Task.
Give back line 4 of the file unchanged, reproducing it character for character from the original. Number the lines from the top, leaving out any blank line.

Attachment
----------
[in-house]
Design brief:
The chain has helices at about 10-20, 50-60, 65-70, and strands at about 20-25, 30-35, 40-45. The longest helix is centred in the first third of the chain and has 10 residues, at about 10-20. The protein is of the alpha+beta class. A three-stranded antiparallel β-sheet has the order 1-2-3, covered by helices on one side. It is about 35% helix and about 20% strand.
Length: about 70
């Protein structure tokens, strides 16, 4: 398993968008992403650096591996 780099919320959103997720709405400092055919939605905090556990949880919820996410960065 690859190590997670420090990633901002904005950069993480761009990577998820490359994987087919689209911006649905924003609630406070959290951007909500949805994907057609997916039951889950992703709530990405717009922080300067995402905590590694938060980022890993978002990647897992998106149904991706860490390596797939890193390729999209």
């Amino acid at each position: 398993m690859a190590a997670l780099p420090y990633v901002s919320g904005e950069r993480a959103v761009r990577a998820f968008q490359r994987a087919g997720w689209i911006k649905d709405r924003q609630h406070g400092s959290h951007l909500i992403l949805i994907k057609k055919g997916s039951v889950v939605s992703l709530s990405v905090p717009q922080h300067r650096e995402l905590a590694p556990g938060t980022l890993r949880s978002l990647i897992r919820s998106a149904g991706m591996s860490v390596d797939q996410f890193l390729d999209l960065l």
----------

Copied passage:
Length: about 70